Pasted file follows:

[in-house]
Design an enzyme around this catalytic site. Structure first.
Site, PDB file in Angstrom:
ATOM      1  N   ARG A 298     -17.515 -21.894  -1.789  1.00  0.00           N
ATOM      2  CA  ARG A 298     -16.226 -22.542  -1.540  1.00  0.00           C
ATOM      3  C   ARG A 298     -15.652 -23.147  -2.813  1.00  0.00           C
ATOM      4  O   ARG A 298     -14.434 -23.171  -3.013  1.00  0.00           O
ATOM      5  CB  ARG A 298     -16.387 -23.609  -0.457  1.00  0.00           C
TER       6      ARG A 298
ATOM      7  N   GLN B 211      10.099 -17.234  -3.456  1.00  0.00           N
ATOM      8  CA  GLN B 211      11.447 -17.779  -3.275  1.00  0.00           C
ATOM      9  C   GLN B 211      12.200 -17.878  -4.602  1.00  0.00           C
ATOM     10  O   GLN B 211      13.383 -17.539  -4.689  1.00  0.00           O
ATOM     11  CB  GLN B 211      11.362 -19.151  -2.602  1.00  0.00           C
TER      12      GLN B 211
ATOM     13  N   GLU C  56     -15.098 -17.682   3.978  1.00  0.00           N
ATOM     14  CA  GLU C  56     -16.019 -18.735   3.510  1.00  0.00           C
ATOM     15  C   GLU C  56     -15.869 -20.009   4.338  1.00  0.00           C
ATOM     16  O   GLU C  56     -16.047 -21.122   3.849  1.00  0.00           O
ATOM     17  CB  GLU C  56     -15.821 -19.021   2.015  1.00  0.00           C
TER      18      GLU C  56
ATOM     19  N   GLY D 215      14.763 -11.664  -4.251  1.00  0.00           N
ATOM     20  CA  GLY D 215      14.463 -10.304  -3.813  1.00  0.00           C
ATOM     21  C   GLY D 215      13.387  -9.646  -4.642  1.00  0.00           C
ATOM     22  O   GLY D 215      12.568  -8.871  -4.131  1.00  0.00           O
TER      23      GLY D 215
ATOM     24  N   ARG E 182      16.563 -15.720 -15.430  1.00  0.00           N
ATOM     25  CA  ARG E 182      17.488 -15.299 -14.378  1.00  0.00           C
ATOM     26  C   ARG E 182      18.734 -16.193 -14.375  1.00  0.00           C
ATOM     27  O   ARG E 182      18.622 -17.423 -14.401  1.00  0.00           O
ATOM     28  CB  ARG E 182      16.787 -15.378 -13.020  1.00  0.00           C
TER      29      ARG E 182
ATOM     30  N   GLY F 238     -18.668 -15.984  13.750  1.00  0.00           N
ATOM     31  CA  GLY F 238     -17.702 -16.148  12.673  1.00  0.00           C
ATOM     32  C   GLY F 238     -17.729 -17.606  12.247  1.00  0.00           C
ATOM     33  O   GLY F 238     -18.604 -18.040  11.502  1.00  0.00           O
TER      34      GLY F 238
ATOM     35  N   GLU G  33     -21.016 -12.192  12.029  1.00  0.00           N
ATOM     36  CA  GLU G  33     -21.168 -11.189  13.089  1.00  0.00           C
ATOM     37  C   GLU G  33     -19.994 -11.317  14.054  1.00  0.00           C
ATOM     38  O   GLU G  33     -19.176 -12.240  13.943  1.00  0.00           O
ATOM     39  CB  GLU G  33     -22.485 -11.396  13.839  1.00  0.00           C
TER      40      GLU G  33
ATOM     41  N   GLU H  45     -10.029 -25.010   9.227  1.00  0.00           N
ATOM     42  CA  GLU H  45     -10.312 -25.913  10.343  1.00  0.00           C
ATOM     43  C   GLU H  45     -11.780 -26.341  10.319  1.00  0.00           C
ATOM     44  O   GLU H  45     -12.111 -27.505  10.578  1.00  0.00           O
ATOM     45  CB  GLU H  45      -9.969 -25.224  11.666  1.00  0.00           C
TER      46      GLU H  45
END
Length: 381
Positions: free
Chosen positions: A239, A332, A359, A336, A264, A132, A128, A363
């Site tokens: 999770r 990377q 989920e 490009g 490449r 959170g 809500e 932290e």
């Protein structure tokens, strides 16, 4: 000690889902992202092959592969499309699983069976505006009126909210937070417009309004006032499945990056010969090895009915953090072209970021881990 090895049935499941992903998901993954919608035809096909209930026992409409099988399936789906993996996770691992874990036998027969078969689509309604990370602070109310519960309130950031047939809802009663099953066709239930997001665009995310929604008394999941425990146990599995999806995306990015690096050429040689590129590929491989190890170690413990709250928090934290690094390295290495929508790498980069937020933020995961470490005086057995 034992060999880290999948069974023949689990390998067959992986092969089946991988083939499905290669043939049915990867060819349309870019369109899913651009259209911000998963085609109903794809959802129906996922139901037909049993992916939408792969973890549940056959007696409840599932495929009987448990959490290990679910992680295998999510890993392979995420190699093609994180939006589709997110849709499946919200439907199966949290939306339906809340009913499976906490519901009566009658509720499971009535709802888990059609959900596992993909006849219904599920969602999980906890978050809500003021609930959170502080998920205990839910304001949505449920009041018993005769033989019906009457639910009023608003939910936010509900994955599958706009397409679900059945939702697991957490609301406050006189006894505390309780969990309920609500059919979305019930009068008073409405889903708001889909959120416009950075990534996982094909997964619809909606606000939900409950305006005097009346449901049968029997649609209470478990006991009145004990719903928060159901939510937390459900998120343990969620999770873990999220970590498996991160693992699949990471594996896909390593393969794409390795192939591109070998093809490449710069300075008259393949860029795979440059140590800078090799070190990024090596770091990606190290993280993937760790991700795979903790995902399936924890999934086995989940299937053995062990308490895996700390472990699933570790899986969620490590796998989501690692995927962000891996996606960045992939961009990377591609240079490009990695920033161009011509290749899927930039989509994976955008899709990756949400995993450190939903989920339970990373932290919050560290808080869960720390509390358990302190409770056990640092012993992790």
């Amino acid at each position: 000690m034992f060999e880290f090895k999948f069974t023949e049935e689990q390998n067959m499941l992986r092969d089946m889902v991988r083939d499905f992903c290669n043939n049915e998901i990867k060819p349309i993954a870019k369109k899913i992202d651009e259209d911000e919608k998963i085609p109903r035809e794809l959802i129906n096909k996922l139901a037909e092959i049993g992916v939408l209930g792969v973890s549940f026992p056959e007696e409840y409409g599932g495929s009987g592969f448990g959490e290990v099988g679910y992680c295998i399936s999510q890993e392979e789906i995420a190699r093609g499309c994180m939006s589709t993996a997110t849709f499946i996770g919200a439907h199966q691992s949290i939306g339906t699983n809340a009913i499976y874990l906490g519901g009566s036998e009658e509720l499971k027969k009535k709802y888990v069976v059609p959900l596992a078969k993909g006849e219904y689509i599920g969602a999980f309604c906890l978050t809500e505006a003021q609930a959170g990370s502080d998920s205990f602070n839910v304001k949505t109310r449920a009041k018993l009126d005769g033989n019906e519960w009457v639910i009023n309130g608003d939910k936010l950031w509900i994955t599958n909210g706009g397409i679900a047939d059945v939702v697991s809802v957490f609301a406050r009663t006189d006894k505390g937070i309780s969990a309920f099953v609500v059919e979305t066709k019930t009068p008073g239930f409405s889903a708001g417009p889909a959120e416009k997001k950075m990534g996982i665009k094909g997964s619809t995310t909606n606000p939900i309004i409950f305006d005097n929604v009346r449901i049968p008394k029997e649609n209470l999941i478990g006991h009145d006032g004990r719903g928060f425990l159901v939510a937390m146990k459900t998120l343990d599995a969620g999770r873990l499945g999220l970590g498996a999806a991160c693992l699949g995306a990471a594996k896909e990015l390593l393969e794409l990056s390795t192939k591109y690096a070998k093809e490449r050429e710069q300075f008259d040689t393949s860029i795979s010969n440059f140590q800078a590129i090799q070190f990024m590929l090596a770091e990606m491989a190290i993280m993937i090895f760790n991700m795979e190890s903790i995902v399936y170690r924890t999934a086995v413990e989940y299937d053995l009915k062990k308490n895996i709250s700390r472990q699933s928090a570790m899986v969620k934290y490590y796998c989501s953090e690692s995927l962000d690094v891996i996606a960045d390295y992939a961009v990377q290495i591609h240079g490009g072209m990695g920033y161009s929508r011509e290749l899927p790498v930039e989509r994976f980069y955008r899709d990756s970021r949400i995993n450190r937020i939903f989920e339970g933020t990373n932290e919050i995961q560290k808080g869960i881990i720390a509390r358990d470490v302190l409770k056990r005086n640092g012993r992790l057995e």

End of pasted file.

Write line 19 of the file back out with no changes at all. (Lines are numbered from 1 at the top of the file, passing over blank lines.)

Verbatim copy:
ATOM     16  O   GLU C  56     -16.047 -21.122   3.849  1.00  0.00           O